Further reports about: > AEROSPACE > Ambient Air > DuPont > DuPont Performance Polymers > High-Performance > Kalrez® > Low-Corrosion > Paris Air Show > Performance Measurement-Systems > Polymere > Vespel® > fossil fuels > high-performance parts > innovative solutions > metallic materials > non-metallic material > stainless steel
Argon is not the 'dope' for metallic hydrogen
24.03.2017 | Carnegie Institution for Science
Researchers make flexible glass for tiny medical devices
24.03.2017 | Brigham Young University
Astronomers from Bonn and Tautenburg in Thuringia (Germany) used the 100-m radio telescope at Effelsberg to observe several galaxy clusters. At the edges of these large accumulations of dark matter, stellar systems (galaxies), hot gas, and charged particles, they found magnetic fields that are exceptionally ordered over distances of many million light years. This makes them the most extended magnetic fields in the universe known so far.
The results will be published on March 22 in the journal „Astronomy & Astrophysics“.
Galaxy clusters are the largest gravitationally bound structures in the universe. With a typical extent of about 10 million light years, i.e. 100 times the...
Researchers at the Goethe University Frankfurt, together with partners from the University of Tübingen in Germany and Queen Mary University as well as Francis Crick Institute from London (UK) have developed a novel technology to decipher the secret ubiquitin code.
Ubiquitin is a small protein that can be linked to other cellular proteins, thereby controlling and modulating their functions. The attachment occurs in many...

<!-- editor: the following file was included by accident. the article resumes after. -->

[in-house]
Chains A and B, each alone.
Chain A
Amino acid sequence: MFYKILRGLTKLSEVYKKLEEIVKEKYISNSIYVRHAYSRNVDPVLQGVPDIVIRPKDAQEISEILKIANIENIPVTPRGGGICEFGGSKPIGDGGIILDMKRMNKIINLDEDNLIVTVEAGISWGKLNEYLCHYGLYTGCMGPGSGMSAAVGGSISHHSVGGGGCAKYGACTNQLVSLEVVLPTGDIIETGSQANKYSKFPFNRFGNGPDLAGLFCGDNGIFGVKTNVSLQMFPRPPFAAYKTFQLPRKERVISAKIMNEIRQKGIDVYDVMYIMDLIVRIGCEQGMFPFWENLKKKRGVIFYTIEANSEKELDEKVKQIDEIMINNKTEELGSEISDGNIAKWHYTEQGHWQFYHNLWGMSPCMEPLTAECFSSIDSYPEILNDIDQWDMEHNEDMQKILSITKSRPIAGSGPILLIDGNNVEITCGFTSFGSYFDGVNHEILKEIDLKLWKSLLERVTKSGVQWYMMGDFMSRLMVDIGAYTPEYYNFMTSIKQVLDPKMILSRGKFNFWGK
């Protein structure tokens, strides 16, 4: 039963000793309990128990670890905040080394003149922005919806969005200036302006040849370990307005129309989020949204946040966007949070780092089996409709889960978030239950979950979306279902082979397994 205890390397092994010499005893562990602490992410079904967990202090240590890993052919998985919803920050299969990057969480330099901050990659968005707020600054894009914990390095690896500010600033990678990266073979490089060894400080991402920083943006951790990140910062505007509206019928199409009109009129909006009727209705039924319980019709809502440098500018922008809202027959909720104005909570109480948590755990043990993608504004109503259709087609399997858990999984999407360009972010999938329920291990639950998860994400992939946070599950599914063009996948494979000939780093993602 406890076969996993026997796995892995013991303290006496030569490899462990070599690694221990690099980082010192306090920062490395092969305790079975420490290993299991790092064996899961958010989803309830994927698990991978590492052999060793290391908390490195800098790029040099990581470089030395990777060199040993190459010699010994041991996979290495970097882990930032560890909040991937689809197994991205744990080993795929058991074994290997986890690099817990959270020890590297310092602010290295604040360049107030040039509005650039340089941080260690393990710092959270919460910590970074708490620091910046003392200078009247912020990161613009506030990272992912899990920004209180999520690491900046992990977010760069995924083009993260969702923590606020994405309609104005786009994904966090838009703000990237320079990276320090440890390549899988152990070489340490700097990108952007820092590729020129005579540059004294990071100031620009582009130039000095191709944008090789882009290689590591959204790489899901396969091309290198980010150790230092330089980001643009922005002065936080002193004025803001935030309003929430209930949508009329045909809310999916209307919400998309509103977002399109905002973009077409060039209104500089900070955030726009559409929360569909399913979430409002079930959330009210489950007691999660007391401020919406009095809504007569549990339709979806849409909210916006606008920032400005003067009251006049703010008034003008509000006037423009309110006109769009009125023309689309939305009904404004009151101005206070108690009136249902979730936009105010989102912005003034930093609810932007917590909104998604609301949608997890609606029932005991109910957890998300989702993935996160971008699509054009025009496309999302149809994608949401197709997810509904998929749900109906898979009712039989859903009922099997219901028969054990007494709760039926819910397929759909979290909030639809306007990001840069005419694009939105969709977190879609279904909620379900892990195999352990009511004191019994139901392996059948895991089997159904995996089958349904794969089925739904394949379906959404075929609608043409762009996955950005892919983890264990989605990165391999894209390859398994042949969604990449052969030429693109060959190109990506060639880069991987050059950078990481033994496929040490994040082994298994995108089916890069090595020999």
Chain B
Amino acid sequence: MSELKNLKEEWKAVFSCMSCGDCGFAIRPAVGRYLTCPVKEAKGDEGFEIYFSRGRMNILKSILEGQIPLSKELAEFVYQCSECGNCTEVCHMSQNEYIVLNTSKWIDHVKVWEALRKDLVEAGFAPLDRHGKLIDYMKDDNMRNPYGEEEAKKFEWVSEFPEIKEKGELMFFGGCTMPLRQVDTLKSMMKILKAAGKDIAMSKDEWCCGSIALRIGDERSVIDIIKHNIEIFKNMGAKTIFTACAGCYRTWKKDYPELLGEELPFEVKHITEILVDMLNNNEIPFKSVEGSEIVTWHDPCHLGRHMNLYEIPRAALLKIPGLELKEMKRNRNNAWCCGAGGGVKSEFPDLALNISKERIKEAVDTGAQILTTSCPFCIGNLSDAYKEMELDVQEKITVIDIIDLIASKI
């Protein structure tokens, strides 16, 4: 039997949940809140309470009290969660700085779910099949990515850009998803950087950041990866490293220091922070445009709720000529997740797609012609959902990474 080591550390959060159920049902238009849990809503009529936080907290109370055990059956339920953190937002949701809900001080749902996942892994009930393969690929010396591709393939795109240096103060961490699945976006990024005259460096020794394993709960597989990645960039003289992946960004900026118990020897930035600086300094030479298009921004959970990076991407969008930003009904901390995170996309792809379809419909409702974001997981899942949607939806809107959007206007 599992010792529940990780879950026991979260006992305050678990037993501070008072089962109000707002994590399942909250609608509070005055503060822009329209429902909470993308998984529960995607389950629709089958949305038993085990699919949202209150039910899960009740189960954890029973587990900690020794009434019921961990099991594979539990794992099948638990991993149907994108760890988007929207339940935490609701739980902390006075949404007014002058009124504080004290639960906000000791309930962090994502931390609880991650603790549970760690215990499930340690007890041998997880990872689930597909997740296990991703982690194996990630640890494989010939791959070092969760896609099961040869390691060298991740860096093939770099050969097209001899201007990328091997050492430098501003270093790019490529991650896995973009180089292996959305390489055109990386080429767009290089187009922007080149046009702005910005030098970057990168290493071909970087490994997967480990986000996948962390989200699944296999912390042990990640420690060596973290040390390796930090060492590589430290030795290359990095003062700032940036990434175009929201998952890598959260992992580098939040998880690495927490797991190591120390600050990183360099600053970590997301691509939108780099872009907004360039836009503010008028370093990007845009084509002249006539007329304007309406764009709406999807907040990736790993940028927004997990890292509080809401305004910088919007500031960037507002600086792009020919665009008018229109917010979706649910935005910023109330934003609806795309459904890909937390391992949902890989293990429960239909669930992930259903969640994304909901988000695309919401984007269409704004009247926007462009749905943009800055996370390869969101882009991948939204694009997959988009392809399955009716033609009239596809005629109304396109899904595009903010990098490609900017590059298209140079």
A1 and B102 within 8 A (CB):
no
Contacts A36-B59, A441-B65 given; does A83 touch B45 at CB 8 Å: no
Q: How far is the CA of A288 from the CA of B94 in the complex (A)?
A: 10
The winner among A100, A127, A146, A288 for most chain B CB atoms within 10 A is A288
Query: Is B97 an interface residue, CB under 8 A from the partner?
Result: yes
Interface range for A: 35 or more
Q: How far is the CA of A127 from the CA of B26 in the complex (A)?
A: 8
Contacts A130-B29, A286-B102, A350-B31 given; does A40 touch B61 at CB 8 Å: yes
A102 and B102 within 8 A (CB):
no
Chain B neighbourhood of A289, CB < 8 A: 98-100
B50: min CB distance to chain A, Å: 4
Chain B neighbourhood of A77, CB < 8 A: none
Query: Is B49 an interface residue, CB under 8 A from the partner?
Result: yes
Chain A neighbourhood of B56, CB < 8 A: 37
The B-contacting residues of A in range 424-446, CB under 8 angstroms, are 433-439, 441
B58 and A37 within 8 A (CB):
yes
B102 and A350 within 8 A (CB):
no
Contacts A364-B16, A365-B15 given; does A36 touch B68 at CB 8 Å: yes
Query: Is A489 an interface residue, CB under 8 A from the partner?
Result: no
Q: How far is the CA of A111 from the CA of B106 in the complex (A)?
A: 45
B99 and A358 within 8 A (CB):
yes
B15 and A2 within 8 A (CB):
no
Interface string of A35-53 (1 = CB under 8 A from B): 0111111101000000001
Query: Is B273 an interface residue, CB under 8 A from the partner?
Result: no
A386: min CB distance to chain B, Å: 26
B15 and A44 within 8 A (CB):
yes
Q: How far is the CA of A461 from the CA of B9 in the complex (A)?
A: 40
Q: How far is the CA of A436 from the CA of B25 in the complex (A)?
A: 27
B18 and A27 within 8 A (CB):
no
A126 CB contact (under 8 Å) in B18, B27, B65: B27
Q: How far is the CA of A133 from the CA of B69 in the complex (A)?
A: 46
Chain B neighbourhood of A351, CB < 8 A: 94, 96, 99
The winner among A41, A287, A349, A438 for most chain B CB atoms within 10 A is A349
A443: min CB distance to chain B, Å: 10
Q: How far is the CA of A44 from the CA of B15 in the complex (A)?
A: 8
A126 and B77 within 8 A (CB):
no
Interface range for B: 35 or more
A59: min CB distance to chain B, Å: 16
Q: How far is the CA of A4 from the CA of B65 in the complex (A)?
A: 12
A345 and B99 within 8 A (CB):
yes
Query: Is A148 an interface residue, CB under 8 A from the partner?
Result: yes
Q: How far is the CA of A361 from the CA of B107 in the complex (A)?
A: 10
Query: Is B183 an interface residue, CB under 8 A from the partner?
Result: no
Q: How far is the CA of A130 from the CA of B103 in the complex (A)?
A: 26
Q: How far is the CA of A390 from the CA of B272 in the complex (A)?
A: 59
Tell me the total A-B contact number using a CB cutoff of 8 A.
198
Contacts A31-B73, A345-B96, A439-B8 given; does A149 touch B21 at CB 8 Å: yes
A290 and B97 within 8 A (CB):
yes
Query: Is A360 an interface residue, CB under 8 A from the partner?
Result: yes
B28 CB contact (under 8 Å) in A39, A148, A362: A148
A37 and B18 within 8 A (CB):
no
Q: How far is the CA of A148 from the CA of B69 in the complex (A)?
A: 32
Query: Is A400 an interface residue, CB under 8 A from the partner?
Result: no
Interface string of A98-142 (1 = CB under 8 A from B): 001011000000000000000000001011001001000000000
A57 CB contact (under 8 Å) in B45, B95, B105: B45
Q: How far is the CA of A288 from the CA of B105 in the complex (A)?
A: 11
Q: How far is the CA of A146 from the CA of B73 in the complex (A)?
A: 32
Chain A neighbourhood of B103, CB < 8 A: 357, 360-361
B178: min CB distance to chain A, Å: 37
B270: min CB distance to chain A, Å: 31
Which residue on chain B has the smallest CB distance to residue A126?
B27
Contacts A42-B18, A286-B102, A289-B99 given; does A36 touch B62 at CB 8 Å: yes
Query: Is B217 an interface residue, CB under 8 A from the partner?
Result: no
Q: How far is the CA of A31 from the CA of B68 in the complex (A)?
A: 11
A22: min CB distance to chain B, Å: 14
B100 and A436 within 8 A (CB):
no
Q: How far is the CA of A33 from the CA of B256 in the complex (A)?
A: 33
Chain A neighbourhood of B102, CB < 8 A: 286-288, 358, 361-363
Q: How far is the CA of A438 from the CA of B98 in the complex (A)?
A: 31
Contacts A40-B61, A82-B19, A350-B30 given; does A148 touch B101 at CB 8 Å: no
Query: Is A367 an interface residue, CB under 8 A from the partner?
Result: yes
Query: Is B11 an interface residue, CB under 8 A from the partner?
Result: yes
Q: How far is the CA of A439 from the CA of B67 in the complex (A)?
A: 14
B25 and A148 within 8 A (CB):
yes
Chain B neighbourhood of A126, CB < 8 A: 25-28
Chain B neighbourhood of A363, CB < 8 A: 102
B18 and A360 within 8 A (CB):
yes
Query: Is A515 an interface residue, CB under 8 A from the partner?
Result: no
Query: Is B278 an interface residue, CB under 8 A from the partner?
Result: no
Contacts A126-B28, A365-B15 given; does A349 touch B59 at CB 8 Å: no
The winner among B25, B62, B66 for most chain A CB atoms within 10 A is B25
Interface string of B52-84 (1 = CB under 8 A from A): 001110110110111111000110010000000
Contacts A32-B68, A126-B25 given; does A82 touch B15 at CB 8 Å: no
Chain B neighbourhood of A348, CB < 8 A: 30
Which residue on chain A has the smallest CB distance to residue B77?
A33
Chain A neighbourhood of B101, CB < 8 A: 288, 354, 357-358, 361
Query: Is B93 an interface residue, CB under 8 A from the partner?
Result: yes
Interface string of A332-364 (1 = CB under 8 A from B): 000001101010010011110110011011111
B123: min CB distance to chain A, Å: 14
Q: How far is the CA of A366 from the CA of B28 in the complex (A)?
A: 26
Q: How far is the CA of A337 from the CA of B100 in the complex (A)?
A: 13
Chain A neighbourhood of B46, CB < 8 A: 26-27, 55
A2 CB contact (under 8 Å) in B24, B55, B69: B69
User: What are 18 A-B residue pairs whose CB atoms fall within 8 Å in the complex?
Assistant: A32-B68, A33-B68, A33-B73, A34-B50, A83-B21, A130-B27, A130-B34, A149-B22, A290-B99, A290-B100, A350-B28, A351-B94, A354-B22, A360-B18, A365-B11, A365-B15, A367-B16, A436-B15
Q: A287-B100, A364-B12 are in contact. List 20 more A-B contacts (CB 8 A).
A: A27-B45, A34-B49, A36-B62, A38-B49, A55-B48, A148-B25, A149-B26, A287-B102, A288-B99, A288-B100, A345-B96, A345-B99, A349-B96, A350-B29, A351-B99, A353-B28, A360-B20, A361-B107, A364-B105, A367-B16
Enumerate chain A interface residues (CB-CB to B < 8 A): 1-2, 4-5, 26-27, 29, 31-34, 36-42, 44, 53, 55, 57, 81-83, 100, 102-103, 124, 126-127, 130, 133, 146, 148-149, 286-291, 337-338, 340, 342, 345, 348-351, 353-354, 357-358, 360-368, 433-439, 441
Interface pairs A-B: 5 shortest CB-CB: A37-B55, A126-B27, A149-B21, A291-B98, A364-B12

In the eternal search for next generation high-efficiency solar cells and LEDs, scientists at Los Alamos National Laboratory and their partners are creating...
Silicon nanosheets are thin, two-dimensional layers with exceptional optoelectronic properties very similar to those of graphene. Albeit, the nanosheets are less stable. Now researchers at the Technical University of Munich (TUM) have, for the first time ever, produced a composite material combining silicon nanosheets and a polymer that is both UV-resistant and easy to process. This brings the scientists a significant step closer to industrial applications like flexible displays and photosensors.
Silicon nanosheets are thin, two-dimensional layers with exceptional optoelectronic properties very similar to those of graphene. Albeit, the nanosheets are...
Enzymes behave differently in a test tube compared with the molecular scrum of a living cell. Chemists from the University of Basel have now been able to simulate these confined natural conditions in artificial vesicles for the first time. As reported in the academic journal Small, the results are offering better insight into the development of nanoreactors and artificial organelles.
Enzymes behave differently in a test tube compared with the molecular scrum of a living cell. Chemists from the University of Basel have now been able to...
20.03.2017 | Event News
14.03.2017 | Event News
07.03.2017 | Event News
24.03.2017 | Materials Sciences
24.03.2017 | Physics and Astronomy
24.03.2017 | Physics and Astronomy